Elle said she wakes up once or twice every night, worrying about her friends. “I can’t see them. I can just text them, so I can’t really catch up with them,” she said.

Hope said she stays asleep all night but that it takes her about 20 minutes longer to fall asleep, mainly because of school-related worries, such as trying to recall if she had turned in an assignment.

“Before, we’d always remember because we’d be right there in class,” she said. “Remote learning gives us more responsibility.”

She misses her in-person classes, but said that on the mornings after a poor night’s sleep, she is extra grateful for the later start.

For several years, doctors and sleep researchers have been urging schools to follow abundant scientific evidence and push back the start of the class day.

Scientists argue that adolescents — an age group some contend should extend until 24 — are suffering severe sleep-deprivation. That contributes to a startling list of problems, surfacing sooner or later, including but not limited to: obesity, diabetes, heart disease, substance abuse, mood disorders and vehicle crashes, experts say. Getting adequate sleep improves overall health, even bolstering immune systems, possibly improving the effectiveness of some vaccines.

The Academy of Pediatrics recommends that middle and high schools start their days no earlier than 8:30 a.m. Even so, at last count, 93 percent of U.S. high schools and 83 percent of middle schools were not following that guidance.

In October 2019, California became the first state to pass legislation, set to take effect in 2022, mandating that high schools start no earlier than 8:30 a.m. and middle schools no earlier than 8 a.m.

In early February, Cresthill Middle returned to in-person learning and resumed its previous schedule, leaving Rundle to wonder whether the pandemic’s “natural experiment” would someday help convince school officials to switch permanently to later starting times.

“I do hope we can have a conversation about what we learned from all this,” he said. “I don’t know of one colleague of mine who doesn’t believe that later start times are the right way to go.”

For now, the signals from school leaders’ groups aren’t encouraging. James Minichello, speaking for the School Superintendents Association, said his organization wasn’t tracking the issue of school start times. Bob Farrace, spokesperson for the National Association of Secondary School Principals, said in an email: “It’s just not a trend that we’ve been attending to as our members have not identified it as top of mind.”

Pandemic sleep advice

With many schools returning to in-person learning — and earlier schedules — even as the pandemic continues, how can parents help their adolescents sleep more soundly?

“As I often phrase it, multilevel interventions are needed,” says Wendy Troxel, a senior scientist and sleep expert at the Rand Corp. By that, she says she means that families, schools, and state and local governments should contribute to finding solutions.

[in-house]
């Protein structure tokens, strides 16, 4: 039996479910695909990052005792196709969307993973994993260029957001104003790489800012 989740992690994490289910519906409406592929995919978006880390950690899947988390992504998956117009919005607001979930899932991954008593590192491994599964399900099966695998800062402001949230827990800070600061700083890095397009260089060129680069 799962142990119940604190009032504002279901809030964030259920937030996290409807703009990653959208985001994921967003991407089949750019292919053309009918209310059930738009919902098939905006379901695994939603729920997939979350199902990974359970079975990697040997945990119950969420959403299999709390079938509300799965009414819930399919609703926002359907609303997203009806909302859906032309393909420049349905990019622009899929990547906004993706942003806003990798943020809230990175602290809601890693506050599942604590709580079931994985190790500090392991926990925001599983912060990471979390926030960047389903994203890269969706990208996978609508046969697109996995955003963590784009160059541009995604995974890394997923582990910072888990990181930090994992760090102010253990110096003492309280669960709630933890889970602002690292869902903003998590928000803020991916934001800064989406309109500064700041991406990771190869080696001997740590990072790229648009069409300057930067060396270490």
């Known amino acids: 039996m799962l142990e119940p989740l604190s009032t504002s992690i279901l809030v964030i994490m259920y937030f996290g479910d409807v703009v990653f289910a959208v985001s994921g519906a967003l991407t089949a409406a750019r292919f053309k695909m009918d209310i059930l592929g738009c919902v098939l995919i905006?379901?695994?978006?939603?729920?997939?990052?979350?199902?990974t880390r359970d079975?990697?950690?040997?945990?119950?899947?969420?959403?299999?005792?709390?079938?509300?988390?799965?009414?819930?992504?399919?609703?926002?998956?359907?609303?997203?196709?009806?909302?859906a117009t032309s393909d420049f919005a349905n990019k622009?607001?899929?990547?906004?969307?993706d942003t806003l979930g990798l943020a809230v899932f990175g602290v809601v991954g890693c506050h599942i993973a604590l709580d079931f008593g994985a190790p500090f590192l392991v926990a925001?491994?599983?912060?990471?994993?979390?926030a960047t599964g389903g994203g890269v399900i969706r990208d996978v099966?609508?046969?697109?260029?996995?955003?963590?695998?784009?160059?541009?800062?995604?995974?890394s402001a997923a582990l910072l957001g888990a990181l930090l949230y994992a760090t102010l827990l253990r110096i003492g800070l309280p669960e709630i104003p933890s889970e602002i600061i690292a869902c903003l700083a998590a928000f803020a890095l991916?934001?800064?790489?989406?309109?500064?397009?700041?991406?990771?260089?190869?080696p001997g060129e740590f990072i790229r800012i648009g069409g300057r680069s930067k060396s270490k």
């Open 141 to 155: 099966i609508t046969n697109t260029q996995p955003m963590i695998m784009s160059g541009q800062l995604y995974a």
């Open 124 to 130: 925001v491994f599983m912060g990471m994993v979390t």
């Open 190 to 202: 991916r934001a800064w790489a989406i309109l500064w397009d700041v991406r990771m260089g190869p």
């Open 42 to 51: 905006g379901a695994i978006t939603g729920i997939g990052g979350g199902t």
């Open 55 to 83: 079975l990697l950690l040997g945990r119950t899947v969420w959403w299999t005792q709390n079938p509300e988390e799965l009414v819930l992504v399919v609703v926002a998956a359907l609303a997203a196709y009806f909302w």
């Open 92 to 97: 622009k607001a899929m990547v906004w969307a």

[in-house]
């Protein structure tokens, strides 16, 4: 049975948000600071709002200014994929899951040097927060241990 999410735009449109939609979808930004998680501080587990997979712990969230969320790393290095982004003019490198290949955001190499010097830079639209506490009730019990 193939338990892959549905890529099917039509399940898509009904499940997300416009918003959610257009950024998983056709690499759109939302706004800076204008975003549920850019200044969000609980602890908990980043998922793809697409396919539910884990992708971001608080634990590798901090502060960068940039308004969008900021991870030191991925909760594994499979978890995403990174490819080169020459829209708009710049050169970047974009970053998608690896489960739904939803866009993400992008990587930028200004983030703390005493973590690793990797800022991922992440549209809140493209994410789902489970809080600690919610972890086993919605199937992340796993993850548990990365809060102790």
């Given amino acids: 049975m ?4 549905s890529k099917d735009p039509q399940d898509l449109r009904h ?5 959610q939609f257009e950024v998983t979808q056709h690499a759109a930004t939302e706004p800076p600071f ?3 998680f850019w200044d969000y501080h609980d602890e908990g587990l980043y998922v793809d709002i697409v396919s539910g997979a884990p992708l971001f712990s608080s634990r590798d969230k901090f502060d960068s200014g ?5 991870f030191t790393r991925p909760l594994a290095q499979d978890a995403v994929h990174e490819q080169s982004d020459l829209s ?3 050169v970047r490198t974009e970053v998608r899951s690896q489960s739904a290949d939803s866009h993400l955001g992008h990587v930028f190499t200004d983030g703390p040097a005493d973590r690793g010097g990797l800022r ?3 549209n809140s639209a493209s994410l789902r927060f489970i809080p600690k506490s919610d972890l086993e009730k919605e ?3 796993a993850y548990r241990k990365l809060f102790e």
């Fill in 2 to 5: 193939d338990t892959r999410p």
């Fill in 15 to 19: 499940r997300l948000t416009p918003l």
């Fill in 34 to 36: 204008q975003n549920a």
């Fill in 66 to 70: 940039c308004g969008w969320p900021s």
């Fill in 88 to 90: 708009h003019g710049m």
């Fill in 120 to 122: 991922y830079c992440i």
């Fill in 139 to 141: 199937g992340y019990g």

Families, Troxel says, can do a lot to support teen sleep by removing technology from their bedrooms. Have a central place — not a bedroom — for the entire family to disconnect from their phones and charge them overnight. Research suggests parents can be influential role models: children often copy their mother and dad’s technology habits.

Rebecca Robbins, an instructor in medicine at Harvard Medical School, says another evidence-based way  for teenagers to get sleep during the pandemic and beyond is to get plenty of exposure to natural light, ideally in the morning.

“Light is the strongest physiological cue to the brain, providing vital information to kick-start the alert phase of our circadian rhythm,” she says.

If natural light isn’t abundant, try one of the sunlight lamps designed for people who suffer mood changes in the winter.

Robbins and other sleep experts say now is the time to double down on basic sleep hygiene. Persuade your adolescent to stick to a regular routine; avoid caffeine, alcohol and aerobic exercise within four hours of sleep time; and make sure the bedroom is dark and quiet.

Facts and recommendations

The American Academy of Sleep Medicine recommends that children ages 6 to 12 should sleep from nine to 12 hours per day and teenagers 13 to 18 should sleep eight to 10 hours.

The American Academy of Pediatrics and the Centers for Disease Control and Prevention recommend that middle and high schools start no earlier than 8:30 a.m.

A 2013 CDC study found that 68 percent of U.S. high school students reported getting less than eight hours of sleep on school nights.

Some schools in Australia and New Zealand that have experimented with start times of 10 a.m. or later report that this has helped students’ focus in class.